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A Missed Opportunity in the Struggle for Human Rights

Roger Pilon and Aaron Rhodes

A year ago, when Secretary of State Mike Pompeo announced the creation of a Commission on Unalienable Rights to advise him on how America’s human rights policy could be re‐​centered on the nation’s founding principles, the left‐​leaning human rights establishment howled, fearing the move threatened not only women’s and LGBTQ rights, but the very firmament of international human rights. Yet the lengthy report the secretary released late last week at Philadelphia’s National Constitution Center suggests they have little to fear, despite their renewed outrage. The report doesn’t advocate restricting the rights of women or sexual minorities, but it does paper over a contradiction at the core of our human rights policy, and therein lies a problem, with implications that are more than theoretical.


Make no mistake, this draft report is sophisticated and tightly argued. Proceeding chronologically, it starts with the moral and political theory underpinning our Declaration of Independence, locates that theory in the Constitution, and then focuses on our post‐​Civil War corrections. It does not sugar‐​coat our history, but neither does it shy away from highlighting the role of property rights, religious freedom, democratic institutions, and civic virtue in securing our unalienable, pre‐​governmental rights to liberty.

But the report turns then to the very different statutory rights that emerged during America’s Progressive Era and New Deal, reflecting Franklin Roosevelt’s “Four Freedoms,” including “freedom from fear and want.” Unlike our inherent unalienable rights, these redistributive “social and economic rights” are not universalizable. They’re created by legislatures to solve perceived social problems. But as demand for them grows, governments grow and liberty yields.

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To its credit, the report recognizes that. “Social and economic rights are most compatible with American founding principles when they serve as minimums that enable citizens to exercise their unalienable rights, discharge their responsibilities, and engage in self‐​government. They are least compatible when they induce dependence on the state, and when, by expanding state power, they curtail freedom.”

Good. But the report contradicts that when it gets to the bedrock document of the modern human rights movement—the UN’s 1948 Universal Declaration of Human Rights where these “welfare rights” appear alongside unalienable rights to freedom—calling the UDHR’s principles “highly compatible” with America’s own rights tradition: “Indeed, the UDHR belongs to the same modern tradition of freedom as does the Declaration of Independence, the U.S. Constitution, and the nation’s quest to honor its founding principles.”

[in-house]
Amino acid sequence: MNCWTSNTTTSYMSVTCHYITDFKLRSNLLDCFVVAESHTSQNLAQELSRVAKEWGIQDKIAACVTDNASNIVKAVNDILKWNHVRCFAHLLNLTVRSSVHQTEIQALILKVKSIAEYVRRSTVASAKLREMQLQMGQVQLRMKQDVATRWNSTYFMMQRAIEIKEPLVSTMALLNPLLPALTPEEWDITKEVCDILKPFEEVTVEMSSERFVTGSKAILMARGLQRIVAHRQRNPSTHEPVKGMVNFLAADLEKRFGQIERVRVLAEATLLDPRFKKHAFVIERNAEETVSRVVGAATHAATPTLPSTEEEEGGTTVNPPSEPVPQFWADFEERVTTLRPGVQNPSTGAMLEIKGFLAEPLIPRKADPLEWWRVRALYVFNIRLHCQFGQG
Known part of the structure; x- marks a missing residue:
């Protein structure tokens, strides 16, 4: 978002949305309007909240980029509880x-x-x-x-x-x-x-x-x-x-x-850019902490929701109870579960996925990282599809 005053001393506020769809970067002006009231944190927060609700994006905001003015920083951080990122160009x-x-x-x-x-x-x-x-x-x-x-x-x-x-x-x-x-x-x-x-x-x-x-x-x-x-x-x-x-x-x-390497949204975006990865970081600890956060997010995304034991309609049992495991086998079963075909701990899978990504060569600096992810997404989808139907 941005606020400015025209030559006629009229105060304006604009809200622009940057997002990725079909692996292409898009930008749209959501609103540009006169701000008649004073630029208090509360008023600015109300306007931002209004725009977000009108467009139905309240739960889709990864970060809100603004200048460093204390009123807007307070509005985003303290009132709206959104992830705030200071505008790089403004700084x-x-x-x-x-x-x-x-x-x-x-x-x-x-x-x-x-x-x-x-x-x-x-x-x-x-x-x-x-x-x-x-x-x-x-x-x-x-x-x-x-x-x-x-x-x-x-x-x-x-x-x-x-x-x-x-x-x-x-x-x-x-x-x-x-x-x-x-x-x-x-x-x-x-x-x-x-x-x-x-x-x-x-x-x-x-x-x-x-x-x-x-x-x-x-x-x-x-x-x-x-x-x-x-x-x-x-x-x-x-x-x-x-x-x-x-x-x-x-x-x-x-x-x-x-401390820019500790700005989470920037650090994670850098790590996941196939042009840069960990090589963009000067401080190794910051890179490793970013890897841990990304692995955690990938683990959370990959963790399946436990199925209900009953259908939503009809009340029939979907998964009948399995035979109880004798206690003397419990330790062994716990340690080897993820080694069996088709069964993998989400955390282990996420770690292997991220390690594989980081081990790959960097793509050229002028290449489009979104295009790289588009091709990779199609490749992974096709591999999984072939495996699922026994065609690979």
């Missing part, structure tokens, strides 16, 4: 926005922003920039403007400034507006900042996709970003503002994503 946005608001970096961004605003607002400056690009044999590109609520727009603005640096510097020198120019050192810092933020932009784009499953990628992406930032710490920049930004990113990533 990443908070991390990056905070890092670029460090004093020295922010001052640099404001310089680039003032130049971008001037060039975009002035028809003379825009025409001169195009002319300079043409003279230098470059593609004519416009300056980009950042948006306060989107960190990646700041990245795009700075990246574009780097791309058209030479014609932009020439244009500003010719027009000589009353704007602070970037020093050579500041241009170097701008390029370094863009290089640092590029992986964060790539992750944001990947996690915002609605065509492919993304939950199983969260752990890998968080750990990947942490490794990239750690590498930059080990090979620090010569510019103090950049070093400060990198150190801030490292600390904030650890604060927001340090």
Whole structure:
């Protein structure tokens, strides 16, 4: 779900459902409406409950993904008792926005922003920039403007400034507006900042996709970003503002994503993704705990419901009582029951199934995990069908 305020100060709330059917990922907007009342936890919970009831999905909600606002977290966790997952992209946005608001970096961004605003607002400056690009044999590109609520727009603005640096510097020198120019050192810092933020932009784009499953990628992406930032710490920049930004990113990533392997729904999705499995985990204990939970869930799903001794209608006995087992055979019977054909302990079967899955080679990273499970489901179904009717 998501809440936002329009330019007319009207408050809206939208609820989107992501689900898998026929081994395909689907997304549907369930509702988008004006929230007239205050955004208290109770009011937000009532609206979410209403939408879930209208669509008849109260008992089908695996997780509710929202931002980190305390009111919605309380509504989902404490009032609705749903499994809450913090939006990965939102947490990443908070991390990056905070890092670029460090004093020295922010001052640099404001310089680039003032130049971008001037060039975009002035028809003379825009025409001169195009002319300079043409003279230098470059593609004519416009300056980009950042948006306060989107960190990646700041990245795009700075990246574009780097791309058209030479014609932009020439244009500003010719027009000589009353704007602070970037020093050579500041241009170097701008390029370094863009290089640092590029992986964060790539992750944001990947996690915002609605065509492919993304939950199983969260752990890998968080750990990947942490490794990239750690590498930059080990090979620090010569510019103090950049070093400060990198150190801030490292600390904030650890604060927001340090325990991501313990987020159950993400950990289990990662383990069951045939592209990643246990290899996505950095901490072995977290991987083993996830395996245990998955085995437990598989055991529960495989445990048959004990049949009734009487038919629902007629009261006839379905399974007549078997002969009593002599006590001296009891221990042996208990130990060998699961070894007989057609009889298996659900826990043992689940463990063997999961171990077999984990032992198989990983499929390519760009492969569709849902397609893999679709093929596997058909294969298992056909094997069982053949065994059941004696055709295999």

That might surprise Americans from the founding to the civil rights generations who’ve fought for freedom from government, not for dependence on government. Perhaps the commissioners thought it impolitic to press the contradiction between these two kinds of rights. But the practical problem is that by endorsing UN dogma—“the indivisibility of human rights”—not only are those legislated social and economic rights put on a par with our innate unalienable rights to freedom, but brutal authoritarian regimes can boast of their support for social and economic rights even as they repress the freedom of their citizens—and all in the name of “human rights.”

Worse still, the compromises embedded in the UDHR opened the door for the very tyrants it was meant to expose not only to wrap themselves in the mantle of human rights but to sit on and take over the institutions the UDHR spawned to better expose such tyrants. In fact, the original UN Commission on Human Rights was so corrupted by those regimes that it was replaced in 2006 by the UN Human Rights Council, where the corruption only deepened to the point that the U.S. withdrew two years ago.

Indeed, only a day after the commission’s report was released, we learn from a Newsweek piece by UN watchdog Hillel Neuer that China, chairing the UN Human Rights Council’s vetting process, was able to secure its candidate as the UN’s next free speech monitor.

In the end, if this draft report is to help re‐​center America’s human rights policy on the nation’s founding principles, its authors will have to grasp the nettle. For the 1948 contradiction between unalienable rights to freedom and the modern redistributive rights that have increasingly reduced freedom must be faced, especially insofar as it lends legitimacy to autocratic regimes. People know the difference between the two kinds of rights. They demonstrate it when they vote with their feet, where they can—a question alive right now in Hong Kong.

But what of the feared threat to women’s and LGBTQ rights, about which this report is almost silent? Ironically, because the report effectively underwrites the UN’s indivisibility‐​of‐​rights dogma, it gives cover to the regimes that are the greatest threat to women and the LGBTQ community. Those communities would be better served by getting on board the freedom agenda America’s founders set in motion in 1776.

Roger Pilon holds the Cato Institute’s B. Kenneth Simon Chair in Constitutional Studies. He was the director of policy for the State Department’s Bureau of Human Rights and Humanitarian Affairs (1986–87) during the Reagan administration. Aaron Rhodes, president of the Forum for Religious Freedom–Europe, was the executive director of the International Helsinki Federation for Human Rights from 1993 to 2007 and is the author of The Debasement of Human Rights: How Politics Sabotage the Ideal of Freedom (Encounter Books, 2018).

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